Two University of Florida-led teams have been awarded federal grants totaling $6.9 million for projects to develop heat-resistant corn and develop Extension programs to help farmers cope with climate variability and climate change.
The grants, for $5 million and $1.9 million, were announced by the U.S. Department of Agriculture. Both projects are led by faculty members with UF’s Institute of Food and Agricultural Sciences and involve personnel from other institutions.
The projects were supported by Agriculture and Food Research Initiative competitive grants from the USDA’s National Institute of Food and Agriculture, as part of a program on climate change adaptation and mitigation.
The corn project, awarded a five-year, $5 million grant, focuses on finding ways to lessen the harmful effects of heat on starch formation in corn kernels, said Curt Hannah, principal investigator for the project and a UF professor emeritus in horticultural sciences. Corn kernels are about 70 percent starch, a carbohydrate.
“There are already data showing that even in the Midwest, where most U.S. corn is grown, temperatures are already above optimal levels for starch production and yield right now,” Hannah said.
“It’s projected to get hotter, and increased temperatures are going to mean less corn harvested unless we develop new heat-resistant varieties.”
The corn genome has been fully sequenced, so researchers will survey it for genes that control factors related to yield, and will pay particular attention to those producing heat-sensitive enzymes, he said.
Field-test new varieties
They’ll also test mutant corn genes to see if any confer heat resistance to biochemical processes involved in kernel development. Eventually, they’ll engineer and field-test new varieties.
Florida is the nation’s No. 1 producer of fresh sweet corn and produces a significant amount of field corn. The state has a hot, humid climate ideal for challenging new varieties intended for use in the Midwest, Hannah said.
Other institutions in the project are Iowa State University and the University of Wisconsin.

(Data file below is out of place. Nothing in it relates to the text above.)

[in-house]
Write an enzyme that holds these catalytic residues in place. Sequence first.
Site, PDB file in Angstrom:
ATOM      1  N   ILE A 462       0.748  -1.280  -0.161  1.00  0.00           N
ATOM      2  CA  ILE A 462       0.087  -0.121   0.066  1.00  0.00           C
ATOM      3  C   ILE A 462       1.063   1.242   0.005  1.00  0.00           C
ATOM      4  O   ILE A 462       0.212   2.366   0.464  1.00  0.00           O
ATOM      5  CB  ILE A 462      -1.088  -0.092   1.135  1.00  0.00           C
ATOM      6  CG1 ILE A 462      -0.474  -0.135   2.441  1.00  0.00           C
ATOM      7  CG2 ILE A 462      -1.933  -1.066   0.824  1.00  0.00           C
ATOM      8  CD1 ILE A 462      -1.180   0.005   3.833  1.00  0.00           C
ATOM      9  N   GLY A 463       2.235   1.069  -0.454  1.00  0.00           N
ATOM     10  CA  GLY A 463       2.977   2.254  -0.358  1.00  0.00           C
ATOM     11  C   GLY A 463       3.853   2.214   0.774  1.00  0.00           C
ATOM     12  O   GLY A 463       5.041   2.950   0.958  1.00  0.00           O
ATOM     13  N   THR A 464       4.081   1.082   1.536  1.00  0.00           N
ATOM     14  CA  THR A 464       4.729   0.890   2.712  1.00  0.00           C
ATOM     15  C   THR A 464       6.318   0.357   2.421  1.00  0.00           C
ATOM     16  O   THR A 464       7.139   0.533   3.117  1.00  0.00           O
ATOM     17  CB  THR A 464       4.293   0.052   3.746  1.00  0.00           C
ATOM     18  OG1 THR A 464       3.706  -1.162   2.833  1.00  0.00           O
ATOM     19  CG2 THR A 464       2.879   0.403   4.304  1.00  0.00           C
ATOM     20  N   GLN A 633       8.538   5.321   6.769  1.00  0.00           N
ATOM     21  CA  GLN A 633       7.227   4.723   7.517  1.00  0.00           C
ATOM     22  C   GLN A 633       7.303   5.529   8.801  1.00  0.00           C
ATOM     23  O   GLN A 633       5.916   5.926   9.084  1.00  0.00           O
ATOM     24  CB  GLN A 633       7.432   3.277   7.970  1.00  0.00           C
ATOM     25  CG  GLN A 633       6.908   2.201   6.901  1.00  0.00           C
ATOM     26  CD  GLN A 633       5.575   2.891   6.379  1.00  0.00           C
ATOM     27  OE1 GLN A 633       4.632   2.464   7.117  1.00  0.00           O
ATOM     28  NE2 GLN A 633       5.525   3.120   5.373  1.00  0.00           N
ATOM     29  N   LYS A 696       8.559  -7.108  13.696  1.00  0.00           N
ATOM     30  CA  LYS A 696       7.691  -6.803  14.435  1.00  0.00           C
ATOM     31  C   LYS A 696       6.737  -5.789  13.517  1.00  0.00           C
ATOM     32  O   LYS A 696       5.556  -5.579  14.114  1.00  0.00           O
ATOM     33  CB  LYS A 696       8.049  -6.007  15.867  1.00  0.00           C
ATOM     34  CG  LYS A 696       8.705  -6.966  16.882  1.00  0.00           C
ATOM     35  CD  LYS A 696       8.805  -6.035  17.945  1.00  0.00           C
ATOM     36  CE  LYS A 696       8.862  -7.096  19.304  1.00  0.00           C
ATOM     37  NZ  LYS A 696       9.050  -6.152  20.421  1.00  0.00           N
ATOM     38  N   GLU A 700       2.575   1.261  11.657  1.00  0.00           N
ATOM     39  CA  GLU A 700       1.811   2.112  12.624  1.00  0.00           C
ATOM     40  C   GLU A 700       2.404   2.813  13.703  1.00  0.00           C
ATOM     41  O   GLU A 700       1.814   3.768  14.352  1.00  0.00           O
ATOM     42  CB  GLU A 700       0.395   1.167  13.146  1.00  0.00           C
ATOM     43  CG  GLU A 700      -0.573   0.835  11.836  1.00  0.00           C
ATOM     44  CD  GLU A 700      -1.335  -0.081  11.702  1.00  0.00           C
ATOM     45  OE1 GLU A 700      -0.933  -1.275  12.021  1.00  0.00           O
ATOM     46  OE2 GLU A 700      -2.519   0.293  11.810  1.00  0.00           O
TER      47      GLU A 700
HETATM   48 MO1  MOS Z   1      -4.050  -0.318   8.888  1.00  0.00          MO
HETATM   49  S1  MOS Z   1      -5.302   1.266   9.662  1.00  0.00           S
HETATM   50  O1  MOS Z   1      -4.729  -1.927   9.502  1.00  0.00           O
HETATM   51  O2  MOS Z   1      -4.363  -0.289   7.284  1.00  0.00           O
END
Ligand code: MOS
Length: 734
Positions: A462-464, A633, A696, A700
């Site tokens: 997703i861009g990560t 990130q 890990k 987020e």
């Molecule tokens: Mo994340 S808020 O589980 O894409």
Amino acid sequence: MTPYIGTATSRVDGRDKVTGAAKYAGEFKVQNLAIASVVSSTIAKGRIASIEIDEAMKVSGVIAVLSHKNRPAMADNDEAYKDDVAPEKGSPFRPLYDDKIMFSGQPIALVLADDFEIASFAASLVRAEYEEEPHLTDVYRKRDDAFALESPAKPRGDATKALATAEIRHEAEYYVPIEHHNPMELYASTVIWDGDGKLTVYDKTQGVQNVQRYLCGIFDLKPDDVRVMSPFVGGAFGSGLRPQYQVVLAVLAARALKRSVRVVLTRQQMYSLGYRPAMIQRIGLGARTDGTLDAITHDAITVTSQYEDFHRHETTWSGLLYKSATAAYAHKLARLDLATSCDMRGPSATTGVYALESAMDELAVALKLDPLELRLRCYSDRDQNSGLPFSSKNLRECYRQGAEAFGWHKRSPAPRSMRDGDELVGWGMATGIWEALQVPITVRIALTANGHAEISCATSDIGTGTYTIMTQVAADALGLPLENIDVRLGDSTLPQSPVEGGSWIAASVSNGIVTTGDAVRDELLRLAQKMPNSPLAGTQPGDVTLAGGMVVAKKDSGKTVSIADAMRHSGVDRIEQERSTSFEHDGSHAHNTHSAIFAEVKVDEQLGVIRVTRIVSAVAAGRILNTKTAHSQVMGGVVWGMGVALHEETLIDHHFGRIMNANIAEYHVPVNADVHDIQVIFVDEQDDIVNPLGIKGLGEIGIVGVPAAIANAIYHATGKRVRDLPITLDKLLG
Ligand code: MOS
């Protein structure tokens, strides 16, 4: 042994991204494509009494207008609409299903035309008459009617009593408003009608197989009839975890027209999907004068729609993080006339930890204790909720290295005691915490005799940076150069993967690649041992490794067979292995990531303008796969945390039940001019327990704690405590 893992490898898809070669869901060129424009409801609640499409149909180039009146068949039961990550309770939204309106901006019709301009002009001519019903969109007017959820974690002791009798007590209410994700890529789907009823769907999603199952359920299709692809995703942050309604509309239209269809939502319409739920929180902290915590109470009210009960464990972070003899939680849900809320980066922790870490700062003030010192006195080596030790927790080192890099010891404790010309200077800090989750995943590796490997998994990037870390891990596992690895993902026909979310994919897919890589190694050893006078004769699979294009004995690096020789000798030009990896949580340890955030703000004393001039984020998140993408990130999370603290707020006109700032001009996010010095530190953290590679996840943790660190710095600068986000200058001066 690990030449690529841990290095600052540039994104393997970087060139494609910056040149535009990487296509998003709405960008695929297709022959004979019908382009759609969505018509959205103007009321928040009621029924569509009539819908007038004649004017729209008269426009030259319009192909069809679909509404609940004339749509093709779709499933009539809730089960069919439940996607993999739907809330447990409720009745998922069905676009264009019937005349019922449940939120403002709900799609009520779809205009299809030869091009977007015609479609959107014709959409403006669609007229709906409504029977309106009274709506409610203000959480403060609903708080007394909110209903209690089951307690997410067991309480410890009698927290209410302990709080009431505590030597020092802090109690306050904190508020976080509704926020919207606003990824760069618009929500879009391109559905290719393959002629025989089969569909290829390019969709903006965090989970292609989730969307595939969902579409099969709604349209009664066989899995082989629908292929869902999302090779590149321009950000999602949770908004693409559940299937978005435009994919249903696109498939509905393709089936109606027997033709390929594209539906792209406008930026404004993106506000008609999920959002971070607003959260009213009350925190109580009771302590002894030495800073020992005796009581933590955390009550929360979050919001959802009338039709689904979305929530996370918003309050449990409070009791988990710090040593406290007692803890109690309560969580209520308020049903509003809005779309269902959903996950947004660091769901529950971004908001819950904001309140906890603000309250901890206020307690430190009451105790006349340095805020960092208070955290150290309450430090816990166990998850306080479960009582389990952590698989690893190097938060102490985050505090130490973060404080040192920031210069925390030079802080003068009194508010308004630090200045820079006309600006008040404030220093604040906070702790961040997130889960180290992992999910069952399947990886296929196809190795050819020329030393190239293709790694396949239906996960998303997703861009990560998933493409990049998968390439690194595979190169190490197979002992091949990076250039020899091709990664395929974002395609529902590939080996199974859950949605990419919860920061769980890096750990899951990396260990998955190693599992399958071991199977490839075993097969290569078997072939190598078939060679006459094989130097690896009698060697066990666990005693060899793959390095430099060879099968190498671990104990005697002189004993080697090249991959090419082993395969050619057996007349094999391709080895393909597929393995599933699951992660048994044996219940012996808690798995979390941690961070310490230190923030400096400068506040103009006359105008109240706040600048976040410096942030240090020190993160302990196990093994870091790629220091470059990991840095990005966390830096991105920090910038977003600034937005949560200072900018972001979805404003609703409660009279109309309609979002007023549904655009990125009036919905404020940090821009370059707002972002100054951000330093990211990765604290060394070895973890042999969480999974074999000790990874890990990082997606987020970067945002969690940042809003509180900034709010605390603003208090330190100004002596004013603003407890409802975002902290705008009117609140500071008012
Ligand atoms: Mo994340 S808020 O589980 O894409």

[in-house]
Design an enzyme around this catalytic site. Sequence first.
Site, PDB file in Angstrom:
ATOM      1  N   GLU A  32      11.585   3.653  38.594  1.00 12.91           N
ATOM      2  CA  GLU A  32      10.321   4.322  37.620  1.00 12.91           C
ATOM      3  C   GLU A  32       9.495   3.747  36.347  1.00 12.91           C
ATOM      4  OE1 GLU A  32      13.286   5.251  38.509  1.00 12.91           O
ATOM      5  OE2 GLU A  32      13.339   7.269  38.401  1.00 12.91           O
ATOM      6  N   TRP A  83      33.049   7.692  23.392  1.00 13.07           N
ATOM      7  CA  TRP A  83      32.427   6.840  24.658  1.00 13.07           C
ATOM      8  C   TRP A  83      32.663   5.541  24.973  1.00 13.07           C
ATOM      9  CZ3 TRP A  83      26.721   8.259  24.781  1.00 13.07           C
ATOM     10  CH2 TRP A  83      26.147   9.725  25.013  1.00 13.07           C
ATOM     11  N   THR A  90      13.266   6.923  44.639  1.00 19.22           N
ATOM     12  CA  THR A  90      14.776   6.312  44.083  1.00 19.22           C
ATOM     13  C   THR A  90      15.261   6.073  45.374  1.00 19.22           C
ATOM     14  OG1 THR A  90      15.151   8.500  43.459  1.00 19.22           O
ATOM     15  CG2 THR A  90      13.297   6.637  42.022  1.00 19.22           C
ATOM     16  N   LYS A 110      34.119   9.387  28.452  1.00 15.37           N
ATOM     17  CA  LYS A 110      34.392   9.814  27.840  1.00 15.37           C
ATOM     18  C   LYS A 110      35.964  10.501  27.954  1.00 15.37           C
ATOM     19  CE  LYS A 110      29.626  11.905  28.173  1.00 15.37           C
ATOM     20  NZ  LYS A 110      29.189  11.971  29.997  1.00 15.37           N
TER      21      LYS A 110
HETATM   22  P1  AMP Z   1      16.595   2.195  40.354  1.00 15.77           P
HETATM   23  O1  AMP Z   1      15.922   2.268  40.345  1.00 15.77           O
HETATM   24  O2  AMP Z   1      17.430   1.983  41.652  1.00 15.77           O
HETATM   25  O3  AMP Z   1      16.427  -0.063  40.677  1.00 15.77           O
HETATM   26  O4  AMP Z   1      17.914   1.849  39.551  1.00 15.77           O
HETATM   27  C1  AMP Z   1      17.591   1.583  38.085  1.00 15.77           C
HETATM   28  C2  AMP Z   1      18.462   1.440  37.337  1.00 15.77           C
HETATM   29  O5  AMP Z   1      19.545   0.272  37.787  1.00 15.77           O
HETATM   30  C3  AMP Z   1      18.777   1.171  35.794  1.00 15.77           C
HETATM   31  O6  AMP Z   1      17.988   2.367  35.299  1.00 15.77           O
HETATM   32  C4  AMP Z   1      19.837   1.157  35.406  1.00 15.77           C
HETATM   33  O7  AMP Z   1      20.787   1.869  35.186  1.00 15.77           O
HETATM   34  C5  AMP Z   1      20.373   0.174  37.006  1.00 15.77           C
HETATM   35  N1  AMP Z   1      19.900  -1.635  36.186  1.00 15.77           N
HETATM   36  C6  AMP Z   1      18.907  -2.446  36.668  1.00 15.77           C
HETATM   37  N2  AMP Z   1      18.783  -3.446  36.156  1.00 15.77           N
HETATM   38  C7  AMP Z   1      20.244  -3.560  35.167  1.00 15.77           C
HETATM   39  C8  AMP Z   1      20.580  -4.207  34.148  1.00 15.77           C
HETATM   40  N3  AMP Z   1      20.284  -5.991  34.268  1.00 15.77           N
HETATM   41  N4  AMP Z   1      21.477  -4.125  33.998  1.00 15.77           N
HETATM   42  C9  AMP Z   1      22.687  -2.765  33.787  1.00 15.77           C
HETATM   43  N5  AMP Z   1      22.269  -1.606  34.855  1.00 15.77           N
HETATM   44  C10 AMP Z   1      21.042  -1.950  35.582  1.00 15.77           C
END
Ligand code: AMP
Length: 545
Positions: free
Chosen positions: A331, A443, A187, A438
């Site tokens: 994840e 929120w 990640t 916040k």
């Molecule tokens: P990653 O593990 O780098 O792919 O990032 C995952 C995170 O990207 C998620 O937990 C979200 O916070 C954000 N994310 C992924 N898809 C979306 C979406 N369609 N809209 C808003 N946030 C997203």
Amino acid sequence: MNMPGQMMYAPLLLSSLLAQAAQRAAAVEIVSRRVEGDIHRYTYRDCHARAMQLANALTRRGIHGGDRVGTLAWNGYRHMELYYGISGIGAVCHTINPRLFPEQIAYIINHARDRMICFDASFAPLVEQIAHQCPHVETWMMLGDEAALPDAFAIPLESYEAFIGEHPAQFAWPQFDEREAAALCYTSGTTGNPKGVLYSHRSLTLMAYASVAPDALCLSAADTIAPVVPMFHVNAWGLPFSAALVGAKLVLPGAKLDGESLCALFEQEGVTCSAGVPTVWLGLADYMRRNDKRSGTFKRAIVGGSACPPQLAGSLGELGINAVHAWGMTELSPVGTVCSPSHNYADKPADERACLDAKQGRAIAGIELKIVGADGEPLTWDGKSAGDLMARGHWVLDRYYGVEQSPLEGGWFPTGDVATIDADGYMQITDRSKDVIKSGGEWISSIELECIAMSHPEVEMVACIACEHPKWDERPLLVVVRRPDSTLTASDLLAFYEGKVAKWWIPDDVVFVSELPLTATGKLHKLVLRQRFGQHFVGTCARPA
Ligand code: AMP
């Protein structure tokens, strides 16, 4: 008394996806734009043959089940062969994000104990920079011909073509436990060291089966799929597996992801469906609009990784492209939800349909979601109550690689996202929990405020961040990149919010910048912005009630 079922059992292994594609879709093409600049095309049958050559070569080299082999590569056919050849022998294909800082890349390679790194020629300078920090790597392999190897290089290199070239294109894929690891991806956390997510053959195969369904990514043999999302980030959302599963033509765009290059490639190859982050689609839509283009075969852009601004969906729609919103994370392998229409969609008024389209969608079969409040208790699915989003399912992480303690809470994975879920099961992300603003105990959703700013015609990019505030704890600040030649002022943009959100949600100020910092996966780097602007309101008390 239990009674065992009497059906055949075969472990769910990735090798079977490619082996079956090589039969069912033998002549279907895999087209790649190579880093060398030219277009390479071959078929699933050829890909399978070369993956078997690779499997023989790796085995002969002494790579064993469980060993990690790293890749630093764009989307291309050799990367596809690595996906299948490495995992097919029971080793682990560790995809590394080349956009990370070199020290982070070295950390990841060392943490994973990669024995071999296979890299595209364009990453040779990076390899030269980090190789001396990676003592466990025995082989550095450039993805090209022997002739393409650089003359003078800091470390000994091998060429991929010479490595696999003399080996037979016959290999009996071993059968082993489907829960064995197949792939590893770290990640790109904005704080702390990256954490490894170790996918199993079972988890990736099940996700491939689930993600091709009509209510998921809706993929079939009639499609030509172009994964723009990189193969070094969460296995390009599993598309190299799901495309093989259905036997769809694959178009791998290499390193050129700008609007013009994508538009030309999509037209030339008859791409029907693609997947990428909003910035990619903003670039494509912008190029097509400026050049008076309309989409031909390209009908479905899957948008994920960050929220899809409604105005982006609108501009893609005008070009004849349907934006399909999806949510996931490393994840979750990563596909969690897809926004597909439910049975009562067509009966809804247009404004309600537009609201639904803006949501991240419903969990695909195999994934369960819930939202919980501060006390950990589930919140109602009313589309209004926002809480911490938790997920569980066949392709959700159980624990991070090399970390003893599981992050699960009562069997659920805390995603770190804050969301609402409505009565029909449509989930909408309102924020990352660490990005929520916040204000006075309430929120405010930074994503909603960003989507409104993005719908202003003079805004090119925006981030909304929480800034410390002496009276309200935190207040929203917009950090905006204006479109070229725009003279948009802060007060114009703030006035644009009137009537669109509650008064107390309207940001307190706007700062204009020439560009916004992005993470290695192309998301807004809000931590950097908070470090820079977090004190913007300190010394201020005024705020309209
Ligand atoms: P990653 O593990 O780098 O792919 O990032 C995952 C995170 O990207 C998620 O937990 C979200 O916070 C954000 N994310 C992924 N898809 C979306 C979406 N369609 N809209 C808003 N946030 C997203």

The climate Extension project was awarded a two-year, $1.9 million grant, and is eligible for three years of additional funding, said principal investigator Clyde Fraisse, an assistant professor in agricultural and biological engineering.
The team will focus on both short-term and long-term strategies to keep Southeastern agriculture productive and sustainable, Fraisse said. The project focuses on climate change and climate variability in Florida, Georgia, Alabama and South Carolina.
Fraisse said the team’s basic approach is to address climate variability — a well-known, constant challenge for producers — and use it as a bridge to discuss climate change, a long-term process.
“It’s difficult if you start talking to a farmer about what may happen at the end of the century if they’re worried about what may happen at the end of the year,” he said.
The team will educate county Extension faculty on climate change, facilitate transfer of new technologies to producers, relay information about producers’ needs back to researchers, conduct workshops and field days, and create educational materials including new web-based tools available through AgroClimate, a web-based climate information and decision support system developed by the Southeast Climate Consortium, at http://www.agroclimate.org.
The project will include a Regional Advisory Panel, made up of producers, technology providers, policy makers and crop association representatives from all participating states. By ensuring industry has a voice in the project, team members hope to keep their activities focused on stakeholders’ needs.
Other institutions involved are Auburn University, Clemson University, Florida A&M University, Florida State University and the University of Georgia. In addition, the team will work closely with the Florida Farm Bureau Federation and similar organizations in the other states.